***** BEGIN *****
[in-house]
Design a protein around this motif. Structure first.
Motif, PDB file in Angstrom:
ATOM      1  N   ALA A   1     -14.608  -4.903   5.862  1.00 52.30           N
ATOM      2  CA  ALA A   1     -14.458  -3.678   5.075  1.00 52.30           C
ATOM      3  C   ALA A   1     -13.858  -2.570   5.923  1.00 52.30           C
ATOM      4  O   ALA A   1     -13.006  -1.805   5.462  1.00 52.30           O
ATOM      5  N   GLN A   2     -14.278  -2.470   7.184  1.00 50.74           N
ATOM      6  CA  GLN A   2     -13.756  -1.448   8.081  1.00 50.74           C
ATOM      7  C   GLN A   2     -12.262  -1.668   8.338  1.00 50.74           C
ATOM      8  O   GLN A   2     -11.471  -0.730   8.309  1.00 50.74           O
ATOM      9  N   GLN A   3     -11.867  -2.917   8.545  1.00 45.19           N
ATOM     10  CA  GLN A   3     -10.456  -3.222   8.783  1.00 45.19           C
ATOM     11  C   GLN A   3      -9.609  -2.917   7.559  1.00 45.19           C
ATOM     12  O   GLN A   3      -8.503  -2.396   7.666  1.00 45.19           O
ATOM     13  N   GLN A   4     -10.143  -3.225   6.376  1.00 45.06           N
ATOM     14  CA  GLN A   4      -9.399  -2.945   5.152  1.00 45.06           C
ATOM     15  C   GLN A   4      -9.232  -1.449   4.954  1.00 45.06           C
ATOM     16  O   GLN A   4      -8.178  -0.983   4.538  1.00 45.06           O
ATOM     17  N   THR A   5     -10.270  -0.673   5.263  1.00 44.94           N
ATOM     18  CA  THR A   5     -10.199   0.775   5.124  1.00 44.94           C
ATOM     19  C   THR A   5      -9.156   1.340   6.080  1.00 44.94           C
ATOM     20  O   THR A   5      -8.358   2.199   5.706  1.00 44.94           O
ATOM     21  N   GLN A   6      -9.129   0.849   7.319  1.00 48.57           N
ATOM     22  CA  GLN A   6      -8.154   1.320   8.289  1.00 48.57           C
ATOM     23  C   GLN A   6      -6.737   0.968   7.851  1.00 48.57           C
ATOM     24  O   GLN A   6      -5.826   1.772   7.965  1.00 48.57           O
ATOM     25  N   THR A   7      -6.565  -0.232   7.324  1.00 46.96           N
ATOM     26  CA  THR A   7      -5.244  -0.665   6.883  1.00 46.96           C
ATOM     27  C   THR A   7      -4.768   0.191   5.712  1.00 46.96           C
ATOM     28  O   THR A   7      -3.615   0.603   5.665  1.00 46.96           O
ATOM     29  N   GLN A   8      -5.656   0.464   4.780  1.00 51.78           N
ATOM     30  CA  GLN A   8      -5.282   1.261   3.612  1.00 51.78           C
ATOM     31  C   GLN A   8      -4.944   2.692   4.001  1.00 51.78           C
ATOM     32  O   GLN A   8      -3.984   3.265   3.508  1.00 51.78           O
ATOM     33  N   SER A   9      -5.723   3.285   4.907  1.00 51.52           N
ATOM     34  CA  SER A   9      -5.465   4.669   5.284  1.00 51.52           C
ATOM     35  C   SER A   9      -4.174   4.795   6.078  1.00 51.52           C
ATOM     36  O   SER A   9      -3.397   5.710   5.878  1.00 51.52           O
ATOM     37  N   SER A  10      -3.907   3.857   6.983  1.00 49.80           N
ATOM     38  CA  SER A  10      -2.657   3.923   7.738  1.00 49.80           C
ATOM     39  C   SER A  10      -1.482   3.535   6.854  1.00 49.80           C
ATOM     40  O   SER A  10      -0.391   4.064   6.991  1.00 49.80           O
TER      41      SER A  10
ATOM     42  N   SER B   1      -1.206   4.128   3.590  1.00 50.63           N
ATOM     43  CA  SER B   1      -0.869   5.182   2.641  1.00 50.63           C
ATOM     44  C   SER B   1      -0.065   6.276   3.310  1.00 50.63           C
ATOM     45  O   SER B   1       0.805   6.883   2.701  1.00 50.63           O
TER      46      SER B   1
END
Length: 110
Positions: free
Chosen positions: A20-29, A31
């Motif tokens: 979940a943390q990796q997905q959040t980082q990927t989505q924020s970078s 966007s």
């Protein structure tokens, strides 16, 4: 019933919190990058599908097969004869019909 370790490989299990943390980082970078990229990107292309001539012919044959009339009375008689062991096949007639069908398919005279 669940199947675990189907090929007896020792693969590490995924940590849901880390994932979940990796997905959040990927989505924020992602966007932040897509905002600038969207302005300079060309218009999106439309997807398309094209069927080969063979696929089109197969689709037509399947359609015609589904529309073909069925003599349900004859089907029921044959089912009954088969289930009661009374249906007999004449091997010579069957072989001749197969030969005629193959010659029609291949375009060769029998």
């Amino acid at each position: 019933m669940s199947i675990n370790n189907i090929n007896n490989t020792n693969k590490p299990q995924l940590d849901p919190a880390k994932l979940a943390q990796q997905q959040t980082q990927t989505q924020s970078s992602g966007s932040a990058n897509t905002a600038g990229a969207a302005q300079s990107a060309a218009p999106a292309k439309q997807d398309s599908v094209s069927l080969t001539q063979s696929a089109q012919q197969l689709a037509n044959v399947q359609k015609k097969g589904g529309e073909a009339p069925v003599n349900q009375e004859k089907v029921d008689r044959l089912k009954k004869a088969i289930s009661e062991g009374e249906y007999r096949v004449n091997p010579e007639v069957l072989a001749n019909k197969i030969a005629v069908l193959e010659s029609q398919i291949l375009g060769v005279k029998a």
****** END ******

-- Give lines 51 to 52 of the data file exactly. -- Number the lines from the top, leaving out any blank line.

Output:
Length: 110
Positions: free